There has been a sharp increase in the number of counterfeit brand-name goods seized in the Czech Republic. In the first half of this year the Czech Business Inspectorate confiscated over 600,000 counterfeit items, around the same figure for the whole of 2005, the Pravo newspaper reported on Monday. The most common fake goods are clothing, footwear, cigarettes, alcohol, CDs and DVDs. Experts say that while in the past most counterfeit goods were imported from East Asia, production in illegal factories in the Czech Republic is now on the increase.
Pharmacists in the Czech Republic are busy re-labelling drugs as a new health ministry directive that changes the pricing system comes into effect on August 1. The new regulation affects some 10,000 products; of which 6,700 are partly covered by insurers. Under the directive, health insurers will have to cover a much smaller share of medicine prices. Health Minister David Rath hopes pharmaceutical companies will be forced to lower their prices. But, according to the Czech Chamber of Pharmacists, patients will be at a disadvantage as they will have to pay up to forty percent more for their medicine.
In related news, the Civic Democratic Party, which won the parliamentary election and is in the process of forming a new government, says it would be in favour of raising the number of points drivers have to collect before they lose their license. Under the current points system, a driver loses his license with 12 collected points. The Civic Democrats, who say the system is too strict and leaves too much room for corruption, would like to raise the limit to 18 points.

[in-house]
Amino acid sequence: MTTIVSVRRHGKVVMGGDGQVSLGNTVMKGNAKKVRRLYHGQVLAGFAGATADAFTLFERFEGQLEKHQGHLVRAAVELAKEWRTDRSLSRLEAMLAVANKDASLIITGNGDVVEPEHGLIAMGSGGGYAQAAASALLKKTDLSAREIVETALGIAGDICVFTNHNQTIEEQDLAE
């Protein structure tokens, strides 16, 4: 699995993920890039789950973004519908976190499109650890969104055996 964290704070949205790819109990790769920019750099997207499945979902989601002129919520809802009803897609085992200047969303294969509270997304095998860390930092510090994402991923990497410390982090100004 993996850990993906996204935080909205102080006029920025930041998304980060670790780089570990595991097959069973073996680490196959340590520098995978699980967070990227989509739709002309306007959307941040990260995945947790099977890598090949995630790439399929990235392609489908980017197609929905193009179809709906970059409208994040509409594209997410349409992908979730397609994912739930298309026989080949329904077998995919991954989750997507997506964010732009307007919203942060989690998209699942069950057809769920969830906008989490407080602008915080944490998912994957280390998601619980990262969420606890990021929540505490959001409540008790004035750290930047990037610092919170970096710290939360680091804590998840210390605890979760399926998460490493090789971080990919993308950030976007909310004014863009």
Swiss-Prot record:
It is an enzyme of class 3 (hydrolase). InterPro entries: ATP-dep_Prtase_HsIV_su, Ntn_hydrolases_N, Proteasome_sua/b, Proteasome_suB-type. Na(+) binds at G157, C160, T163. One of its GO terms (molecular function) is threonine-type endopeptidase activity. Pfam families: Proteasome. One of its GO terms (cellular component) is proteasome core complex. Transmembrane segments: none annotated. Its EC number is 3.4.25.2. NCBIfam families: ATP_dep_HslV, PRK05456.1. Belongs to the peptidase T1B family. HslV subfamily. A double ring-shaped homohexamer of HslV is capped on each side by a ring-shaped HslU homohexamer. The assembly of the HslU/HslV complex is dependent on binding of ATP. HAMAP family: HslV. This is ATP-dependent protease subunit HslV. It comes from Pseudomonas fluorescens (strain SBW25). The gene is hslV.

A Czech soldier, who was found dead in Kosovo, most probably committed suicide. The 34-year-old military policeman was serving with the international KFOR mission. His body was discovered by a colleague at the Sajkovac military base on Sunday morning. So far, the Czech Army's investigation into the cause of his death suggests the soldier had shot himself.
The number of road deaths has decreased by half compared to last year, preliminary figures for the month of July suggest. While 52 people died in road accidents in the first 26 days of the month, there were 104 road deaths in the same period in 2005. The sharp fall is attributed to the new points system for driving offences that was introduced on July 1. Police say the number of road accidents has also dropped by 30 percent.
Around 20,000 former members of agricultural co-operatives are still waiting to be paid for their shares, Czech Television reported on Saturday. They had been due to receive the money seven years ago and have called on the government to resolve the matter. Twenty are taking the issue to the European Court of Human Rights. There were around 1,200 agricultural co-operatives in the Czech Republic.
The leaders of the two biggest Czech parties have held their first
television debate since inconclusive elections two months ago. During
Sunday's debate Mirek Topolanek of the Civic Democrats (who came first in
June's elections) called on Jiri Paroubek of the Social Democrats (who
came second) to step down as prime minister. Mr Paroubek refused, saying
President Vaclav Klaus had already rejected one offer of resignation.
The Social Democrats chief said Mr Topolanek was anxious because the period the president had given him to try to form a government was almost up. He said only negotiations between himself, the president and Mr Topolanek could resolve the crisis.
The Civic Democrats chairman has tried to form an alliance with the Christian Democrats and the Greens, but this coalition is one vote short of a majority in the Chamber of Deputies.
Interior Minister Frantisek Bublan has praised the organisation of the
CzechTek free techno music festival, which this year is being held on
land rented from the Czech Army in north Bohemia. It is being attended
by around 40,000 people from the Czech Republic and elsewhere in
Last year Mr Bublan ordered around 1,000 riot police to break up the festival, following complaints from landowners. Critics described the intervention as heavy-handed though the minister said he had no choice but to uphold the law.